Zimbabwe’s deputy minister for industry and commerce Mike Bimha told reporters Essar Africa would buy a 54 percent stake in ZISCO, with the government keeping 36 percent and 10 percent owned by small private investors.
While Bimha did not provide financial details of the deal, a source with direct knowledge of the matter told Reuters the Indian company would pay roughly US$450 million to US$500 million for its stake.
An Essar spokesman declined to comment.
ZISCO is the first privatisation under a power-sharing government formed last year by bitter rivals Robert Mugabe and Morgan Tsvangirai. The southern African nation is struggling to attract the $10 billion of foreign investment economists say is needed to right it after a decade of decline and hyperinflation.
Bimha said Essar should be on the ground before the end of the year and resume production “as soon as possible”. ZISCO has the capacity to produce 1 million tonnes of steel a year.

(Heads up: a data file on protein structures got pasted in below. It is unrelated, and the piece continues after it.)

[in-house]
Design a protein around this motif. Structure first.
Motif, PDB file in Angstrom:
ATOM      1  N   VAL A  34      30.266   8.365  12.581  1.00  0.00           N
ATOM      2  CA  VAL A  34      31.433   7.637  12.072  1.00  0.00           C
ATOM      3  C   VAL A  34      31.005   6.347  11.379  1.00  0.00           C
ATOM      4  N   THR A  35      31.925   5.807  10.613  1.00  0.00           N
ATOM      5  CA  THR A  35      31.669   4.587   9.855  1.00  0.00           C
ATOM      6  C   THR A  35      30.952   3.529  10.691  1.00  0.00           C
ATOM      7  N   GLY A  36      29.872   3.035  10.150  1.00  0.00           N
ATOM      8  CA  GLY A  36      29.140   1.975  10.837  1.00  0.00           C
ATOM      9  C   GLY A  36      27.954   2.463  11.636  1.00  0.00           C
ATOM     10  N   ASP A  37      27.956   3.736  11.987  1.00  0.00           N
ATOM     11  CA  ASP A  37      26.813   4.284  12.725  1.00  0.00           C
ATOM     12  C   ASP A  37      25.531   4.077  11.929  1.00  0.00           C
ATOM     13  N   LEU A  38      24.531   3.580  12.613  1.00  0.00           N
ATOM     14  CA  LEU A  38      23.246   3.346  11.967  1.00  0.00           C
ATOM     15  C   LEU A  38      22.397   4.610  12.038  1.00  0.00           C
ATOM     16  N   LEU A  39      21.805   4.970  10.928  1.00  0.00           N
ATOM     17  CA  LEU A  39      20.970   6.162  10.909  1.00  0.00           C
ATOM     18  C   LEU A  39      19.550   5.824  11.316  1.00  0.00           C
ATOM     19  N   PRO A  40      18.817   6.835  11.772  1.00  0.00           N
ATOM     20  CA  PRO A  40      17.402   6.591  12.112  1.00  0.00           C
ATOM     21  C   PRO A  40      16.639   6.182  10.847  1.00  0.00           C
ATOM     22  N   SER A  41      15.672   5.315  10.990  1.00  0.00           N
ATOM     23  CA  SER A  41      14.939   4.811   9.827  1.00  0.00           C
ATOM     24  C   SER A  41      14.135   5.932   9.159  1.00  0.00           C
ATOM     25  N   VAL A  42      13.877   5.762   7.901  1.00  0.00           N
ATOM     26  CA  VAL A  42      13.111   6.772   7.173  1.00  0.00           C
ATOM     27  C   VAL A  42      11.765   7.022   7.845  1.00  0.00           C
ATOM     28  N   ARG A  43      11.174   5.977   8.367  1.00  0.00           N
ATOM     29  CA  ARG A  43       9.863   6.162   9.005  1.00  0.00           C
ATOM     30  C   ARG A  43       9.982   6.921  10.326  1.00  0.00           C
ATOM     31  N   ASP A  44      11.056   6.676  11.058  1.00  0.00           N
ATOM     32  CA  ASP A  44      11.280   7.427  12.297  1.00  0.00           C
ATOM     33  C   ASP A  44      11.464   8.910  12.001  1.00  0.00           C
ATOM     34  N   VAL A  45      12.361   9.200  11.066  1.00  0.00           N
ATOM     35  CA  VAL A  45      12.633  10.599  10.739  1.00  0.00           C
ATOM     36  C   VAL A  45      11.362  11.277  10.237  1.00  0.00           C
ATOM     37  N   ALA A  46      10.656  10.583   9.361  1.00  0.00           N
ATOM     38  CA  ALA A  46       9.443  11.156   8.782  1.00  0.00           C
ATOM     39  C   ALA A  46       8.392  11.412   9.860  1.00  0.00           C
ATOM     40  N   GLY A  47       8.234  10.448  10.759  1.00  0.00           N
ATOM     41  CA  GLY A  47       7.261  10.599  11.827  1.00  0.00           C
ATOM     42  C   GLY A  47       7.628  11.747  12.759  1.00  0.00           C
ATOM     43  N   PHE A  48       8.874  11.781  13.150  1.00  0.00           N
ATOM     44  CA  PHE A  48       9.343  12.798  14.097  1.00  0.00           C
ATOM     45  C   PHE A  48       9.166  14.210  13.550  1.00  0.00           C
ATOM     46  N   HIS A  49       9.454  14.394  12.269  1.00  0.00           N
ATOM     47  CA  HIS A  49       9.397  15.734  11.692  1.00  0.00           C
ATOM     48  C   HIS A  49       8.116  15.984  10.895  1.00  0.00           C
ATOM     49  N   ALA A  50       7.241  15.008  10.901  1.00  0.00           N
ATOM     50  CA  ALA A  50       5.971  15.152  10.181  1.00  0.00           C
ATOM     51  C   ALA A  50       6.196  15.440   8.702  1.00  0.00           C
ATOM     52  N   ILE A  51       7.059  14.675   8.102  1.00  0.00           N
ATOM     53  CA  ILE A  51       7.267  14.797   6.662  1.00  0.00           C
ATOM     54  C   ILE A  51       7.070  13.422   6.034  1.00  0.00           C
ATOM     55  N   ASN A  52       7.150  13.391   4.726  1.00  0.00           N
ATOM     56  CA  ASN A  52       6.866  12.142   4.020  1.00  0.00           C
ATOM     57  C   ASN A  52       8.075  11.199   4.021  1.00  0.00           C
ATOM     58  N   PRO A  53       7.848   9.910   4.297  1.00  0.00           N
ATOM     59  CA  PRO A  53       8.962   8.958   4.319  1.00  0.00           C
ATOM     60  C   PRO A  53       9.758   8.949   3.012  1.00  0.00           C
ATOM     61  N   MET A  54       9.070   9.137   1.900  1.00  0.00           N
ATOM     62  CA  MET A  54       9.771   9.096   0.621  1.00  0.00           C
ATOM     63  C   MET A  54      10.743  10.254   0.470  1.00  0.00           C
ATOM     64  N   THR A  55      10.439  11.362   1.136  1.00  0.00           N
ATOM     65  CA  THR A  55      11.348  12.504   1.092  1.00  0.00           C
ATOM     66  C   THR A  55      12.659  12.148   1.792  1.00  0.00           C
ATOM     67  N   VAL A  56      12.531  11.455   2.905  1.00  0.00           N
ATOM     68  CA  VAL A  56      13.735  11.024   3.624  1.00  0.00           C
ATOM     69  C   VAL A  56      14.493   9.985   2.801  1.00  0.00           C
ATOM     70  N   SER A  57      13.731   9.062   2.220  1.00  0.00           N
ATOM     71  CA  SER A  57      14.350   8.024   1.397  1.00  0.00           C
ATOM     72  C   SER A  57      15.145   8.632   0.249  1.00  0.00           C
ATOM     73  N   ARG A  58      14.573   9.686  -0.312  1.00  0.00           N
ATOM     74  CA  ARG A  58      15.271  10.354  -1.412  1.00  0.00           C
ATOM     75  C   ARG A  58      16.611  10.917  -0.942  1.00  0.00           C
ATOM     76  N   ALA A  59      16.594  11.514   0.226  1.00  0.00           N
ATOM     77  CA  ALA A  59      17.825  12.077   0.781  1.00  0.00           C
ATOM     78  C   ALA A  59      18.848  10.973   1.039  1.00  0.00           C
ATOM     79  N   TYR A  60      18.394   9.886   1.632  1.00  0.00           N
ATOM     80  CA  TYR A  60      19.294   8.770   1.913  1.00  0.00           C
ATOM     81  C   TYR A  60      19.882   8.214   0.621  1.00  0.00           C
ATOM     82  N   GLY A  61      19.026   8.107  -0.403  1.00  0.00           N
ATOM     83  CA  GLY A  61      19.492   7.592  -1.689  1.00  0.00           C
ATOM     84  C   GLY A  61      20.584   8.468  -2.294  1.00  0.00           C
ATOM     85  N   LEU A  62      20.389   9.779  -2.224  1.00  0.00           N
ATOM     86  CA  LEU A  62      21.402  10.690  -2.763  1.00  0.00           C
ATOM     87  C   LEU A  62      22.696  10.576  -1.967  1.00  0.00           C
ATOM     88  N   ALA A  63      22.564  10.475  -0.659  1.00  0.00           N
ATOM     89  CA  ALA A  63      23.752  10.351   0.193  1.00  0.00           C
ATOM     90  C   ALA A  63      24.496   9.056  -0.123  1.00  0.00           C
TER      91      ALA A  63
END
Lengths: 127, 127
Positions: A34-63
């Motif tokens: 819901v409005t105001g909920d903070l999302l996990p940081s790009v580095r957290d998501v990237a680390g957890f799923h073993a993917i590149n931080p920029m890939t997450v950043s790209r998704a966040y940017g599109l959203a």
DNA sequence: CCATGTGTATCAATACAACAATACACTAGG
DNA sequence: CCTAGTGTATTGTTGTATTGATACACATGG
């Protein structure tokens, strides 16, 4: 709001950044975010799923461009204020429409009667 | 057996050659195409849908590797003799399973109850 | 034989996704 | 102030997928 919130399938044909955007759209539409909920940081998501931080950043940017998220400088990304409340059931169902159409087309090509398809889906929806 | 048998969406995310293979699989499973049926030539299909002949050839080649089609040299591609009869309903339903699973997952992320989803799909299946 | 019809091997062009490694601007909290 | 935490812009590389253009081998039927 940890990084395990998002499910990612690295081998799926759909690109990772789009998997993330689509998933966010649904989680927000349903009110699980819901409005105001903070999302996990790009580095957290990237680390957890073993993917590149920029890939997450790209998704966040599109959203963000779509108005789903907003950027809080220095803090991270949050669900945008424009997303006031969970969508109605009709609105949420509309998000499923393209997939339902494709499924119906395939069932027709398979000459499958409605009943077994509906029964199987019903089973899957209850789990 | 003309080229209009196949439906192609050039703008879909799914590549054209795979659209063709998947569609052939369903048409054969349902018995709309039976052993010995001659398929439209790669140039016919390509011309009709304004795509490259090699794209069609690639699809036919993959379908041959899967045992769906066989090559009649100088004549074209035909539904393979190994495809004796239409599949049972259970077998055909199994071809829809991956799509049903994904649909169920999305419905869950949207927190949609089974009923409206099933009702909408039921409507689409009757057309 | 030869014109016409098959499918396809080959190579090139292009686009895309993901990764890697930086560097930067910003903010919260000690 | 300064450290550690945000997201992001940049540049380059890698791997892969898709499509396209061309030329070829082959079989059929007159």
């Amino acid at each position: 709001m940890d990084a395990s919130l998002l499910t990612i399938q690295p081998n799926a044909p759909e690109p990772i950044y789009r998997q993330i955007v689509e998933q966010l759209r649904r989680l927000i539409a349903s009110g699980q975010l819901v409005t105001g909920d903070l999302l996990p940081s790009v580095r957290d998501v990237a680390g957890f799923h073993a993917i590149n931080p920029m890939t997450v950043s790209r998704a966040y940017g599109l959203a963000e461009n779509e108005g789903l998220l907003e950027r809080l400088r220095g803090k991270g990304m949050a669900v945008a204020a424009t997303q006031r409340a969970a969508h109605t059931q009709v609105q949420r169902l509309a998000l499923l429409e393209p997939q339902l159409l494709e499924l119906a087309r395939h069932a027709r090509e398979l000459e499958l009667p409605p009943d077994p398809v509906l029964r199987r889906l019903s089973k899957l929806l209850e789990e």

Once a major foreign currency earner, ZISCO is now saddled with about US$240 million in debt, which Essar will take over.
Bimha said Essar had been assigned “the the responsibility of comprehensively reviving the country’s steel giant”.
Mugabe in May rejected shortlisted bids from the South African unit of ArcelorMittal and India’s Jindal Steel, saying the companies were too big and Zimbabwe preferred medium-sized investors. .
Essar, a steel-to-shipping conglomerate, is controlled by brothers Shashi and Ravi Ruia, whose combined net worth is estimated at US$15 billion, making them among the richest men in India.
The company raised nearly US$2 billion by listing its energy and power business in London earlier this year
ZISCO stopped operations in 2008 at the height of Zimbabwe’s economic meltdown, weighed down by US$300 million of debt.
While the coalition has stabilised the economy, frequent wrangles and an empowerment law seeking to localise control of all foreign firms has discouraged many foreign investors.
However, the government has said ZISCO’s privatisation is excluded from the empowerment law, which compels foreign-owned firms including mines and banks eventually to sell an at least 51 percent shareholding to local blacks. Reuters